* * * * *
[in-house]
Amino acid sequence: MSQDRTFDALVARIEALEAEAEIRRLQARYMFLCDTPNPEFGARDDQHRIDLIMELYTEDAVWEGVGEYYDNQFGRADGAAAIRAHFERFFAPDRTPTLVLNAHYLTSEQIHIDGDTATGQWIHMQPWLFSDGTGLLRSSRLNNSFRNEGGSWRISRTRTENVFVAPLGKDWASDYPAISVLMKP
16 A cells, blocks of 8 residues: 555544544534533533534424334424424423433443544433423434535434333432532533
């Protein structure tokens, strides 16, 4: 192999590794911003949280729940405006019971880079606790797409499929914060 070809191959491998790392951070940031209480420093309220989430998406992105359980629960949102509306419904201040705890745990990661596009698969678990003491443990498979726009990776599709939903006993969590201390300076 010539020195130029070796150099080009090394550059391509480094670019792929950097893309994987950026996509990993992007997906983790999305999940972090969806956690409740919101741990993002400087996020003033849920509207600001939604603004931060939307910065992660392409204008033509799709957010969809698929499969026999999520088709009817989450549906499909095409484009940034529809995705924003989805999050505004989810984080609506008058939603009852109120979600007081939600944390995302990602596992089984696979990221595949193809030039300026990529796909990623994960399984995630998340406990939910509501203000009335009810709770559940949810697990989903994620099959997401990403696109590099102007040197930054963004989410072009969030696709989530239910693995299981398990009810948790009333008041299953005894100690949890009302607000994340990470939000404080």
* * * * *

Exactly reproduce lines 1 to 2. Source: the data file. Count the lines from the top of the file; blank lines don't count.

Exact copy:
[in-house]
Amino acid sequence: MSQDRTFDALVARIEALEAEAEIRRLQARYMFLCDTPNPEFGARDDQHRIDLIMELYTEDAVWEGVGEYYDNQFGRADGAAAIRAHFERFFAPDRTPTLVLNAHYLTSEQIHIDGDTATGQWIHMQPWLFSDGTGLLRSSRLNNSFRNEGGSWRISRTRTENVFVAPLGKDWASDYPAISVLMKP